Exhausted

health

Exhausted staffs, surging COVID-19 cases push nation’s limits

As the United States adds a new coronavirus case every second, hospitals from West Texas to Wisconsin are overwhelmed with the soaring number of critically ill Americans.

In many cases, it’s not a lack of hospital beds, therapies or equipment that worry managers amid the surge, with more than 229,000 deaths from COVID-19 in the U.S. It’s the depleted and exhausted hospitals staffs needed to care for those who need life-sustaining therapies.    

The head of the Utah Hospital Association this week warned the situation is getting so dire hospitals there might soon need to ration care. Hospitals in North and South Dakota are seeking staff reinforcements to care for patients in crowded intensive care units. And in Wisconsin, hospitals are opening makeshift ICU wings even as they desperately look for nurses and other clinicians to staff the facilities.

“We can keep converting ICU space,” said Jeffrey Pothof, an emergency room doctor in Madison, Wisconsin. “But the constraint will be the staffing … that’s the thing that worries us the most right now.”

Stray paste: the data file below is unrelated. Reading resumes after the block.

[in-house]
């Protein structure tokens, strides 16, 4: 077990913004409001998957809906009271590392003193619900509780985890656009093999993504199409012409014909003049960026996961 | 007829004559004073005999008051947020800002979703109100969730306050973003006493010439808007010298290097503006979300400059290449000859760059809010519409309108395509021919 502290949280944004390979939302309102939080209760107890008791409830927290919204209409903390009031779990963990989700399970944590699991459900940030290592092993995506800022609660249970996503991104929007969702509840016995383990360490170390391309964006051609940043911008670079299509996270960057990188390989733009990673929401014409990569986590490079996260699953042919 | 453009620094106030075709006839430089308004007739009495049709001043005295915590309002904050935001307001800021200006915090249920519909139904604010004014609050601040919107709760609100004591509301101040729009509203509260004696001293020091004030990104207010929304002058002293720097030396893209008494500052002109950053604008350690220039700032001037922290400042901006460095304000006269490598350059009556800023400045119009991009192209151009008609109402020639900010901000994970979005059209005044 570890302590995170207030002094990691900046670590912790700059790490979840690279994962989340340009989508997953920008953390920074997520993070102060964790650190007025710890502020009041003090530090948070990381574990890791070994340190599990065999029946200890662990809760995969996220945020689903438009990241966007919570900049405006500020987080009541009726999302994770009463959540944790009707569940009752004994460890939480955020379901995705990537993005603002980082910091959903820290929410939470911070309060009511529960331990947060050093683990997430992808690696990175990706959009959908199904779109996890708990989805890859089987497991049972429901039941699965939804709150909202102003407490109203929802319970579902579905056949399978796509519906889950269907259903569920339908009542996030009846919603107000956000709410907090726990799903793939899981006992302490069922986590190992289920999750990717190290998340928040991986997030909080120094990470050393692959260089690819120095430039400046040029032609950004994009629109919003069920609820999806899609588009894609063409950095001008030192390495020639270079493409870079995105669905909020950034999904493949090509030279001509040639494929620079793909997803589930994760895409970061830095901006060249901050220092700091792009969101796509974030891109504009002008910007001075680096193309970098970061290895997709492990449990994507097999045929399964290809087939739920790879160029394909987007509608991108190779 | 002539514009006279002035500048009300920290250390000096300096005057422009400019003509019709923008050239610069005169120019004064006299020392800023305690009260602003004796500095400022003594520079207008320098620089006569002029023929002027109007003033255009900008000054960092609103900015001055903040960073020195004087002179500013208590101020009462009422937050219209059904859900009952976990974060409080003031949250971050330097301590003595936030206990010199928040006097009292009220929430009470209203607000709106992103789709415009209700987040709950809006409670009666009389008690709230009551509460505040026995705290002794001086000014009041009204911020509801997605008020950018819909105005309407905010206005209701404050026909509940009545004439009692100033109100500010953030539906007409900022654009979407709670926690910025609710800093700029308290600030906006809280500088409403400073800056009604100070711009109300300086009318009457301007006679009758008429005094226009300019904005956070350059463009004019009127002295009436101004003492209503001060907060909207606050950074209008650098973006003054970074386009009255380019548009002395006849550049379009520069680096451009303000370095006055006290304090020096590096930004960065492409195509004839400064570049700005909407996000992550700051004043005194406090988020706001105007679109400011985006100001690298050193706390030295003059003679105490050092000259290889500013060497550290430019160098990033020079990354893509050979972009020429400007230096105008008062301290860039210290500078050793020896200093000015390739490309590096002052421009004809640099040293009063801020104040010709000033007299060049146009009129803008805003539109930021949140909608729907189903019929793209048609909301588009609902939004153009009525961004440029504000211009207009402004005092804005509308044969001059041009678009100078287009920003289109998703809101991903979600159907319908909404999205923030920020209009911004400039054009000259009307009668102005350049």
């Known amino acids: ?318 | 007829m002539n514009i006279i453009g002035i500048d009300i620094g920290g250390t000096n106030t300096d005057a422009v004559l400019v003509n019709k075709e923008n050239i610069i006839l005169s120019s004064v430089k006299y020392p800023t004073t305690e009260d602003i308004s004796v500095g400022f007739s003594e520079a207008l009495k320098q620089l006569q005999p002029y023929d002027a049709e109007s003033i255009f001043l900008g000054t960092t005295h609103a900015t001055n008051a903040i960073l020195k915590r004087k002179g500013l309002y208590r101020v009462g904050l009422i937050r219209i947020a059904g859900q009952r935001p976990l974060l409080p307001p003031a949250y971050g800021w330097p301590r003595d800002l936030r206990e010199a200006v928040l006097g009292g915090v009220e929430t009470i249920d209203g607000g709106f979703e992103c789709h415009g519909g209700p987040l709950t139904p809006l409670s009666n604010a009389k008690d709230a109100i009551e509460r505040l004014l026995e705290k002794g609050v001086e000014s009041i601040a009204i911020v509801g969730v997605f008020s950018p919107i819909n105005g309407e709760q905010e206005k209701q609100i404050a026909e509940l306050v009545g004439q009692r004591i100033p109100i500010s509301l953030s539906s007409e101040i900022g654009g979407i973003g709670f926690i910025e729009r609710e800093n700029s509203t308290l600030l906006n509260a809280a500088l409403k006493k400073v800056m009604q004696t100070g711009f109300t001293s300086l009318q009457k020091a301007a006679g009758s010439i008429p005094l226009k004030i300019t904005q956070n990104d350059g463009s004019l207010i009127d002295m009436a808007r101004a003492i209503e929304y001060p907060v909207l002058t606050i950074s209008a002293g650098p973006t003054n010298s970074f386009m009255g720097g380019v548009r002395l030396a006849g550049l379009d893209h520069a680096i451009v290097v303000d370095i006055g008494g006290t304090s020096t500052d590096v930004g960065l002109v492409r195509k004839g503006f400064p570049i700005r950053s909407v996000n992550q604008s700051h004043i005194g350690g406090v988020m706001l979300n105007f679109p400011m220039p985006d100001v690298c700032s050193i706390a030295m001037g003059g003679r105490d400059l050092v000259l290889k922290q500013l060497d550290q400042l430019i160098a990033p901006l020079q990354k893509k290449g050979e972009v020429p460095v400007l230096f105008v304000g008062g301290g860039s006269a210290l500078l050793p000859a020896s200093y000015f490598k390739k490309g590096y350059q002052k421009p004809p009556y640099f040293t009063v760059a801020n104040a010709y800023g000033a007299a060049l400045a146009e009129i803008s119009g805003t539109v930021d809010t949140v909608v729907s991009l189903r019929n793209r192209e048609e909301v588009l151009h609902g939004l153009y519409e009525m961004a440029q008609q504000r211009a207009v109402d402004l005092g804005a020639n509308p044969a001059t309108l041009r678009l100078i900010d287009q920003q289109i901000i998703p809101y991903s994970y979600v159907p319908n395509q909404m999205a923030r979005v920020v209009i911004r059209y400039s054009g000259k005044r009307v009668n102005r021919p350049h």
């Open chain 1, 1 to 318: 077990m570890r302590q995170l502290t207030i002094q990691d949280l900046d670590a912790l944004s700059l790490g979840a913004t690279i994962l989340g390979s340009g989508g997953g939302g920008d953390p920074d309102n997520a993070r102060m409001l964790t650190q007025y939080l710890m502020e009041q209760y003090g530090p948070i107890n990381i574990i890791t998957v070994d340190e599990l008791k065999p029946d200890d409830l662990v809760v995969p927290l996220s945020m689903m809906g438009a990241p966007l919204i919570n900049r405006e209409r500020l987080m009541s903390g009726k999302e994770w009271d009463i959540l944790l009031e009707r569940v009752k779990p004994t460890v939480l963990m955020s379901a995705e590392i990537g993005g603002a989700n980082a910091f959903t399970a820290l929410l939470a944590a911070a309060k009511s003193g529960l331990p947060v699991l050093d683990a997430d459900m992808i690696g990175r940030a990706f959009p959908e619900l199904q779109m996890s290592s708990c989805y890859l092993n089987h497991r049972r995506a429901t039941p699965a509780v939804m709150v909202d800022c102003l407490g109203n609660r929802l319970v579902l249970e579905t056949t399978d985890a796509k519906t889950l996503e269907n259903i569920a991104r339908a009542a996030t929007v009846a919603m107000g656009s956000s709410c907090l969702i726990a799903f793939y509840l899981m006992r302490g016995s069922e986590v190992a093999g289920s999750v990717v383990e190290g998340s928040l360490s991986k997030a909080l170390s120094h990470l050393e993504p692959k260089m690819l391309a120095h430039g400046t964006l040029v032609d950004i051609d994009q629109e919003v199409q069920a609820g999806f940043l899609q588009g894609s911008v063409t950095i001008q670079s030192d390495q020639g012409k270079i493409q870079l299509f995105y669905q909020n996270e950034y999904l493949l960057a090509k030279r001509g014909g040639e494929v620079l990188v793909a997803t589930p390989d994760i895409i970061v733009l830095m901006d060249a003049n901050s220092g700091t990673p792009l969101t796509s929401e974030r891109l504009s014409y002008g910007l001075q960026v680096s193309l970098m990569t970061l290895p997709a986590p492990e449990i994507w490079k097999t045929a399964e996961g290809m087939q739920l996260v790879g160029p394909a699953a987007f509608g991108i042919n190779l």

More than 536,000 Americans tested positive for coronavirus over a 7-day period ending Thursday, a new one-week record. Another 46,000-plus were hospitalized as of Thursday. And perhaps more troubling, the share of positive cases is increasing in 41 states – a sign cases are on the upswing.

The worsening outbreak, fueled by Americans’ coronavirus fatigue and inconsistent mask wearing and distancing, means hospitals need more doctors, nurses and therapists to fill shifts. Not only do hospitals need extra workers to handle the surge, they also need to replace shifts when their own staffers are sick or quarantined.

But with the virus accelerating in so many states at the same time, hospitals nationwide are tapping the same limited pool of travel nurses, therapists and other clinicians who sign contracts to fill shifts on a temporary basis.

Rising cases in Phoenix, Arizona, in June and July made the nation’s fifth-largest city the epicenter of a summer surge that spilled over to other Sunbelt states. Because cases were largely under control elsewhere, Arizona recruited out-of-state travel nurses and respiratory therapists to temporarily fill shifts in crowded ICU units

With contract workers working side by side with full-time staffers, Arizona hospitals averted the deadly initial surge that overwhelmed New York hospitals during the early days of the pandemic.

Banner Health, Arizona’s largest health system, recruited more than 1,000 contract nurses and respiratory therapists from June through mid-July. Without those extra trained workers, the hospital might have used similar measures that Utah hospitals are now considering – rationing care.

Banner Health CEO Peter Fine worries hospitals can’t depend on stopgap staffing again.

“The real issue is staff burnout,” Fine said. “It’s a very real phenomenon and with a countrywide breakout we no longer can count on contracted staff to save us.”

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